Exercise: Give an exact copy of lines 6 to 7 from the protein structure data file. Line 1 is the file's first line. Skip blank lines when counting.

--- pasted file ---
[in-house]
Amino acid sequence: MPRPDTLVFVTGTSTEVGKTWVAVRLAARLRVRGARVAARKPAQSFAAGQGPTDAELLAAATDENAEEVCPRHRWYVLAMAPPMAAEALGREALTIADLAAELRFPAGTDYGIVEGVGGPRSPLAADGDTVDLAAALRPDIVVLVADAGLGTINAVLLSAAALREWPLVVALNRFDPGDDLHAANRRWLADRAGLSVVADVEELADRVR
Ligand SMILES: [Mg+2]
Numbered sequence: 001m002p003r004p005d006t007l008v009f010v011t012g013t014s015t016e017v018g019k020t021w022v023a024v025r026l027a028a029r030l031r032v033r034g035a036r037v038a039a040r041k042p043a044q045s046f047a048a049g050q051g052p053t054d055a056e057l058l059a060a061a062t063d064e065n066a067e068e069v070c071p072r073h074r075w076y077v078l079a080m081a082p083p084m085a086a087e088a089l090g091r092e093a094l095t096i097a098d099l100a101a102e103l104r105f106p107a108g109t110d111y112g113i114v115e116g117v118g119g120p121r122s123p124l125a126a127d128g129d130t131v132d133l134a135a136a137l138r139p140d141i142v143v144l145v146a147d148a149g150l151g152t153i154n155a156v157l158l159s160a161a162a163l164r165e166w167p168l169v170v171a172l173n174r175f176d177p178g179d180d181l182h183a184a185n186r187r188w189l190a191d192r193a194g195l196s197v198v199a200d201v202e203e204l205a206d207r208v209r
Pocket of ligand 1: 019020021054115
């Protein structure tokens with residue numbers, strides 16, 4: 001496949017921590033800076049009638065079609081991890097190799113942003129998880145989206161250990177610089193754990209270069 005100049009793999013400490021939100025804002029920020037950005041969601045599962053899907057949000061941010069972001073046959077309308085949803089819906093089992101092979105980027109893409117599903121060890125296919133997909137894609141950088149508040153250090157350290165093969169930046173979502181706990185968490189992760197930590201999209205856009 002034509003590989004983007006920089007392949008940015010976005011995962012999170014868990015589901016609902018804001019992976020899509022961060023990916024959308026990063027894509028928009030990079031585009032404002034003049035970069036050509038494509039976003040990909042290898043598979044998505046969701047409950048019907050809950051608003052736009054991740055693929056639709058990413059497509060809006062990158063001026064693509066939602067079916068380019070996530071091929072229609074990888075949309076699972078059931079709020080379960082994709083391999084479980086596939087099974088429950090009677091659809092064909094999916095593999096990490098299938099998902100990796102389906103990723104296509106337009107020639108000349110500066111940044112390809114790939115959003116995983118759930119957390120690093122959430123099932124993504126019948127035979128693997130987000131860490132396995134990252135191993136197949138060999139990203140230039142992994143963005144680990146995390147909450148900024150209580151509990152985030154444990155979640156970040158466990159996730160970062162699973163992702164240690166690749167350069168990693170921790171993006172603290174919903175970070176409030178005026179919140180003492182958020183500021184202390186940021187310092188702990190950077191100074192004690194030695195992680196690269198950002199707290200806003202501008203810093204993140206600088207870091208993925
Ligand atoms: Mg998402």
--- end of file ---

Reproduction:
């Protein structure tokens with residue numbers, strides 16, 4: 001496949017921590033800076049009638065079609081991890097190799113942003129998880145989206161250990177610089193754990209270069 005100049009793999013400490021939100025804002029920020037950005041969601045599962053899907057949000061941010069972001073046959077309308085949803089819906093089992101092979105980027109893409117599903121060890125296919133997909137894609141950088149508040153250090157350290165093969169930046173979502181706990185968490189992760197930590201999209205856009 002034509003590989004983007006920089007392949008940015010976005011995962012999170014868990015589901016609902018804001019992976020899509022961060023990916024959308026990063027894509028928009030990079031585009032404002034003049035970069036050509038494509039976003040990909042290898043598979044998505046969701047409950048019907050809950051608003052736009054991740055693929056639709058990413059497509060809006062990158063001026064693509066939602067079916068380019070996530071091929072229609074990888075949309076699972078059931079709020080379960082994709083391999084479980086596939087099974088429950090009677091659809092064909094999916095593999096990490098299938099998902100990796102389906103990723104296509106337009107020639108000349110500066111940044112390809114790939115959003116995983118759930119957390120690093122959430123099932124993504126019948127035979128693997130987000131860490132396995134990252135191993136197949138060999139990203140230039142992994143963005144680990146995390147909450148900024150209580151509990152985030154444990155979640156970040158466990159996730160970062162699973163992702164240690166690749167350069168990693170921790171993006172603290174919903175970070176409030178005026179919140180003492182958020183500021184202390186940021187310092188702990190950077191100074192004690194030695195992680196690269198950002199707290200806003202501008203810093204993140206600088207870091208993925
Ligand atoms: Mg998402």